Interactions among lexical and discourse characteristics in vowel production


Various factors are known to affect vowel production, including lexical frequency, neighborhood density, contextual predictability, mention in the discourse, and speaking style. This study explores interactions among all five of these factors on vowel duration and dispersion. Participants read paragraphs containing target words varying in frequency, density, and predictability. Each target word appeared twice in the paragraph. Participants read each paragraph twice: as if they were talking to a friend ("plain speech") and as if they were talking to a hearing-impaired or non-native interlocutor ("clear speech"). Measures of vowel duration and dispersion were obtained. Results revealed that high frequency words and words in plain speech were shorter and less dispersed in the vowel space than low frequency words and words in clear speech, and that second mentions were less dispersed in the vowel space than first mentions, as expected. A series of interactions among the lexical and discourse factors was also observed for both vowel duration and vowel dispersion, suggesting maximization of phonetic reduction in some contexts that impose limited processing costs on the listener and maximization of phonetic enhancement in other contexts that impose heavy processing costs on the listener.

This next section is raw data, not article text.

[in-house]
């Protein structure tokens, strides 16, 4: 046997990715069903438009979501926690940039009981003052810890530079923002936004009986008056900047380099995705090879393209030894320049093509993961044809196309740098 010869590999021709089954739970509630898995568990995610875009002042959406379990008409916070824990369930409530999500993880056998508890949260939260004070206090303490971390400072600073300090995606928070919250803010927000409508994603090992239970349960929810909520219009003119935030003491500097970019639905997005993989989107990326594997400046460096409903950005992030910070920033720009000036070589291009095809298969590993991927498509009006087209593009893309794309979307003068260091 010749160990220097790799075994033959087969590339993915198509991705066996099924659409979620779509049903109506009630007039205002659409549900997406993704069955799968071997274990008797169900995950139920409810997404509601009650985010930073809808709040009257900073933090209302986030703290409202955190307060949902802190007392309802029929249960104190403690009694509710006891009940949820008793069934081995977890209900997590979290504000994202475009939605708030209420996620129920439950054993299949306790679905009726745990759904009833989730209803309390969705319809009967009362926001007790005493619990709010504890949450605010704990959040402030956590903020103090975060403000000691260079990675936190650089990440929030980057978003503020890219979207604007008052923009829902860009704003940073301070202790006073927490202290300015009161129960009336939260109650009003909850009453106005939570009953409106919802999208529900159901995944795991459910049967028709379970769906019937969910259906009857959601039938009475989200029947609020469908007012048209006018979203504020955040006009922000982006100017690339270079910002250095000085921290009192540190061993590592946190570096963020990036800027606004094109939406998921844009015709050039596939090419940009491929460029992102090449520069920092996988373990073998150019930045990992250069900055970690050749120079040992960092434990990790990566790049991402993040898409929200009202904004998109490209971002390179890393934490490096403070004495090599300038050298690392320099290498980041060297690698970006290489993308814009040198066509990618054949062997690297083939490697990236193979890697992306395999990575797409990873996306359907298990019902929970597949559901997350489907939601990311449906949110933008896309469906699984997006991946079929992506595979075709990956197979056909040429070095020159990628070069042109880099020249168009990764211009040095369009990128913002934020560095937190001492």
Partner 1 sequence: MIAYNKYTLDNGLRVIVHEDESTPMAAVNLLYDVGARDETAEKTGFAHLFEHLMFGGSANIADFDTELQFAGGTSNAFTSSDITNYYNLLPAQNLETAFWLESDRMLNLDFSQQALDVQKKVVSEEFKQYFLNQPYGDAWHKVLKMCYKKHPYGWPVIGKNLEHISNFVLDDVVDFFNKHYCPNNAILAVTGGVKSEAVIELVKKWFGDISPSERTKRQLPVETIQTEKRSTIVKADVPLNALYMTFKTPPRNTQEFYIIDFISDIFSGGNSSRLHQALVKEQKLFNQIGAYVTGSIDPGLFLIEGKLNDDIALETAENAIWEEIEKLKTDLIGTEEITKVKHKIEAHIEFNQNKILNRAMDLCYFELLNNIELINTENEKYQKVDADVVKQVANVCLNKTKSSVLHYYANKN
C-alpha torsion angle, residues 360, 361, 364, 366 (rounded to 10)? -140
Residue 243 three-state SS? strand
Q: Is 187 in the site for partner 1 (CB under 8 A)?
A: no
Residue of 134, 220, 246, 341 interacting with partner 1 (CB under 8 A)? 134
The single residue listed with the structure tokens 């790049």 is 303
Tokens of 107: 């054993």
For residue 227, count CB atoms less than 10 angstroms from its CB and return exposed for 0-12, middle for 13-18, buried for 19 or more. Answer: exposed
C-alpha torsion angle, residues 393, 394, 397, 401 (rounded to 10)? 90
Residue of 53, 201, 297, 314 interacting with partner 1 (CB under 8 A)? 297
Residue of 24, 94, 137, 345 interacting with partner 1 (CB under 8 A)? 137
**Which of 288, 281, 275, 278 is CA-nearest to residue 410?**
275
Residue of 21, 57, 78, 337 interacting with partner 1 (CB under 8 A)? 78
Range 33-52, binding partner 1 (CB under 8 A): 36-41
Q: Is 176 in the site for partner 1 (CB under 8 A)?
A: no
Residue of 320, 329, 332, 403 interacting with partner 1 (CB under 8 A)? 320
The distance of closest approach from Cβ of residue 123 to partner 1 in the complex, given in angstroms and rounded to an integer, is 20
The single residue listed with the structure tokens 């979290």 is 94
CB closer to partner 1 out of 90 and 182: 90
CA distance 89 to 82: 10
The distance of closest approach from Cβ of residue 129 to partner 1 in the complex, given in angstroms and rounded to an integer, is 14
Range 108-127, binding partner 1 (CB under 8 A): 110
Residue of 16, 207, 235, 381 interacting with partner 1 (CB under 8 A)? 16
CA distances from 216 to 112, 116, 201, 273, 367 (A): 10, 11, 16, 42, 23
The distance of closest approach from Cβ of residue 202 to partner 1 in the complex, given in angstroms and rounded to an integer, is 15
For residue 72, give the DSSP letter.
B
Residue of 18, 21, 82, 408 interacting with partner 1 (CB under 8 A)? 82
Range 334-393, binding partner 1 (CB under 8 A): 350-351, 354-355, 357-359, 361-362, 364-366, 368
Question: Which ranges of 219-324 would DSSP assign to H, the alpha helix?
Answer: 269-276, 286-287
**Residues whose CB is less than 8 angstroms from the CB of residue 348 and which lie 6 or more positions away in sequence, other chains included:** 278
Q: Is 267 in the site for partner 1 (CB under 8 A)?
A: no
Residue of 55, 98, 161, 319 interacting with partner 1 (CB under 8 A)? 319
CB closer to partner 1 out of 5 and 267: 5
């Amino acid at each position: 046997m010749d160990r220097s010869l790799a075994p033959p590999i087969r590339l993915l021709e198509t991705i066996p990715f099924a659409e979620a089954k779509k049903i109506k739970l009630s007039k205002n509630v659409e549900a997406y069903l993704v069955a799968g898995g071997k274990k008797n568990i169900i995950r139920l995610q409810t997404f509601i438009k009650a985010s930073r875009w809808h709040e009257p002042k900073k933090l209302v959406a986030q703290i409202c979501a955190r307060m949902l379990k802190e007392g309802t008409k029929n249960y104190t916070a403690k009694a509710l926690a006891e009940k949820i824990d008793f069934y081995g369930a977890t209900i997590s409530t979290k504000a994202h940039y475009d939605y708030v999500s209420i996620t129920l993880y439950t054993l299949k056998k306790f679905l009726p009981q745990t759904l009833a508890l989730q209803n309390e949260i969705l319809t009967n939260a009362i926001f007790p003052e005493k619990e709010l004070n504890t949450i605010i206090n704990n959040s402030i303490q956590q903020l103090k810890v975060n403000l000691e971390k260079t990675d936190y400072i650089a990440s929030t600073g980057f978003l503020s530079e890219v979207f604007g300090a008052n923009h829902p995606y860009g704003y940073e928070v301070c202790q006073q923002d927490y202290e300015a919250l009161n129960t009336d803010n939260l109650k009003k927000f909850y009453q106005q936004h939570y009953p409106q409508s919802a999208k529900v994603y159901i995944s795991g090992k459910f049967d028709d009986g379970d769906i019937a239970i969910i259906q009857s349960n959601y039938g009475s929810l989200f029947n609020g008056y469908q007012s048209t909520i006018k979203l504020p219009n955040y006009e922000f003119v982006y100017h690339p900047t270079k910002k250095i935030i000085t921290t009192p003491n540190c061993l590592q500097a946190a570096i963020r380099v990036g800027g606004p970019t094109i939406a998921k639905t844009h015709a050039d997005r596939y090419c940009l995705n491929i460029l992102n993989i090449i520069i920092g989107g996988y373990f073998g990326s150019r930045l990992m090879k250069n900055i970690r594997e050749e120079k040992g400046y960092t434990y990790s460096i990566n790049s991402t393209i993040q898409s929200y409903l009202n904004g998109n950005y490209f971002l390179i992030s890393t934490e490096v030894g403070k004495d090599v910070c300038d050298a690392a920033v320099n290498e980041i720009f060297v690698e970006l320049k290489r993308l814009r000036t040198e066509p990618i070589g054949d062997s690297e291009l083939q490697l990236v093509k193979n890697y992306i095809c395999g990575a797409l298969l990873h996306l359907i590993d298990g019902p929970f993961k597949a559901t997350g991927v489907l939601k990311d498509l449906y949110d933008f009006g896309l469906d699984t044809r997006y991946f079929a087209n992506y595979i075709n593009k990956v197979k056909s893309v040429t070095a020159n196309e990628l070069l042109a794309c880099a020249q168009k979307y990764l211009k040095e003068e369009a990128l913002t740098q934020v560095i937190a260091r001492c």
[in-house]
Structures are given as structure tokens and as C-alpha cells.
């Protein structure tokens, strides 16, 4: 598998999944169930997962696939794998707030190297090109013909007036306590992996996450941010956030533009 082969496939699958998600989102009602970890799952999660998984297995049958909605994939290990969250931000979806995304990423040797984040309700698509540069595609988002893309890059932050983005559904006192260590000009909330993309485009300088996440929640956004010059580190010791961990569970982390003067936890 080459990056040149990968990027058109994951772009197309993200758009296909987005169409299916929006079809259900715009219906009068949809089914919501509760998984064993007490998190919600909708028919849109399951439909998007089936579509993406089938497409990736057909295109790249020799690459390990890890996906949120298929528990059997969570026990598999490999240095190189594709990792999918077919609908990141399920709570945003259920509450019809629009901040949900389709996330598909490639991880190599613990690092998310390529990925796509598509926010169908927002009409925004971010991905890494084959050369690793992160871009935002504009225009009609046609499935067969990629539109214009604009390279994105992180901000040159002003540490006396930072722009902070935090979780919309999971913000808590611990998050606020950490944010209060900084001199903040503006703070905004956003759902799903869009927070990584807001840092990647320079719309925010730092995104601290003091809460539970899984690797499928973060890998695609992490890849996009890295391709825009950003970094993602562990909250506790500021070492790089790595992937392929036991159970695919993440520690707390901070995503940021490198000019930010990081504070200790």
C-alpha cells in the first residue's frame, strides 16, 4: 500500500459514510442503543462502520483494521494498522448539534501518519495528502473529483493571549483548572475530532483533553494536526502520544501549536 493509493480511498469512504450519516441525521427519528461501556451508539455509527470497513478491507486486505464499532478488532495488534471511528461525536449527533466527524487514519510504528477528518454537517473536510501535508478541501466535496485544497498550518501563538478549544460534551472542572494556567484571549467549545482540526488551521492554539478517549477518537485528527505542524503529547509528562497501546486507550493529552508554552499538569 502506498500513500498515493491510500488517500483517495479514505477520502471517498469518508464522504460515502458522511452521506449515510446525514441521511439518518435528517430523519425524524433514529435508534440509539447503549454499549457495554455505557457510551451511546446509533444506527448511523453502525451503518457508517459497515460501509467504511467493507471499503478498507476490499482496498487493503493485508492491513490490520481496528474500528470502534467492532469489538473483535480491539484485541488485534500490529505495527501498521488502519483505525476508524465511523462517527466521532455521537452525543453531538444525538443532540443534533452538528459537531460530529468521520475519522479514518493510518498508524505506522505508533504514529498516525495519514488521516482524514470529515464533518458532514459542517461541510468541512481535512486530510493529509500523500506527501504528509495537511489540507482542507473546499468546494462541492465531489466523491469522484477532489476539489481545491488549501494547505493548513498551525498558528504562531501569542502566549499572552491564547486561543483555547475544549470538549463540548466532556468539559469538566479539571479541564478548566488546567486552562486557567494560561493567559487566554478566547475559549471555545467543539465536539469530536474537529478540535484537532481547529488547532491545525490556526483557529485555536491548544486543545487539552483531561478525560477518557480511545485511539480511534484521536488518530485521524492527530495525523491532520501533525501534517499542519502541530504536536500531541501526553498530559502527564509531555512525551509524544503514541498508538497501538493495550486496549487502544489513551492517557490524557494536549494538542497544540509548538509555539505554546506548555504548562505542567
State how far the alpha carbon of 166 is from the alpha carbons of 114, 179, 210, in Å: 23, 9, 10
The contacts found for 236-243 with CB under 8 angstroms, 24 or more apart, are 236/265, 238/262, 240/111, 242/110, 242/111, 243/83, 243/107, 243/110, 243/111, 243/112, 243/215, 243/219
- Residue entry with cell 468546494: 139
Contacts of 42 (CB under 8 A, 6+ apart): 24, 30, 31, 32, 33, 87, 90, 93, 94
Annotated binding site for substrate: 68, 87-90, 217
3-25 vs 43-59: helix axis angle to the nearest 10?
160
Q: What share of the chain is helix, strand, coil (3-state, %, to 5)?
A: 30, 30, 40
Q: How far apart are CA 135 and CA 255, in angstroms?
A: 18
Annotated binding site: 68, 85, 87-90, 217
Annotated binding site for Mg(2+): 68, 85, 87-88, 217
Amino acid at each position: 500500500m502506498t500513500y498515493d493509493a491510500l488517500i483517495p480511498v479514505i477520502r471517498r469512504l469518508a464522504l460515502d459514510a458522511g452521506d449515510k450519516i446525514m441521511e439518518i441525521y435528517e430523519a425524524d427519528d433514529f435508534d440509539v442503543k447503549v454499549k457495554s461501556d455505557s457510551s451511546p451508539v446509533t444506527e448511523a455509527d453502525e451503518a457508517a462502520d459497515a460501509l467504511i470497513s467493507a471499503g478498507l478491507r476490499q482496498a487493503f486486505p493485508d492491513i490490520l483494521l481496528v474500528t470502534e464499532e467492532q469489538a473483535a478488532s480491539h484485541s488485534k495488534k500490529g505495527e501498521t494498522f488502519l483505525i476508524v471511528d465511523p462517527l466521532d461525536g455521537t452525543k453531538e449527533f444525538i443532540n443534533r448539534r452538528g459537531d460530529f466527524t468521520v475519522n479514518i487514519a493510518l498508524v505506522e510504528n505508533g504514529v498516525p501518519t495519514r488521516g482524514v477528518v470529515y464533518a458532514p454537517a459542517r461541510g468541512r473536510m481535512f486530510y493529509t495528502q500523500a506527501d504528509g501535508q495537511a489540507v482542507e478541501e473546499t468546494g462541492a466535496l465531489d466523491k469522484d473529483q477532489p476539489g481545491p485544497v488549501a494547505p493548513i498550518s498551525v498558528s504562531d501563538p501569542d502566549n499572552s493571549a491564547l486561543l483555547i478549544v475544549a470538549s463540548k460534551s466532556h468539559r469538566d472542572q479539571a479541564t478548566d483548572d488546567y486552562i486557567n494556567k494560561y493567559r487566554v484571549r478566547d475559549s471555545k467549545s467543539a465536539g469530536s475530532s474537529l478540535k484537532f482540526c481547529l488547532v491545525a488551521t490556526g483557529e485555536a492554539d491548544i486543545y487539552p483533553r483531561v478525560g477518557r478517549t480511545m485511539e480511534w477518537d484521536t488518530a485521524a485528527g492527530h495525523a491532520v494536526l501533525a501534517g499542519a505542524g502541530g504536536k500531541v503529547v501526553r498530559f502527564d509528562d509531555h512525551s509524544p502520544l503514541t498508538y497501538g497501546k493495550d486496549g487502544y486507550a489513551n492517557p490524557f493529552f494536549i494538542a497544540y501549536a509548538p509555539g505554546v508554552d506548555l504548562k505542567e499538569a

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Journal Title

Proceedings of Meetings on Acoustics



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Conference Proceeding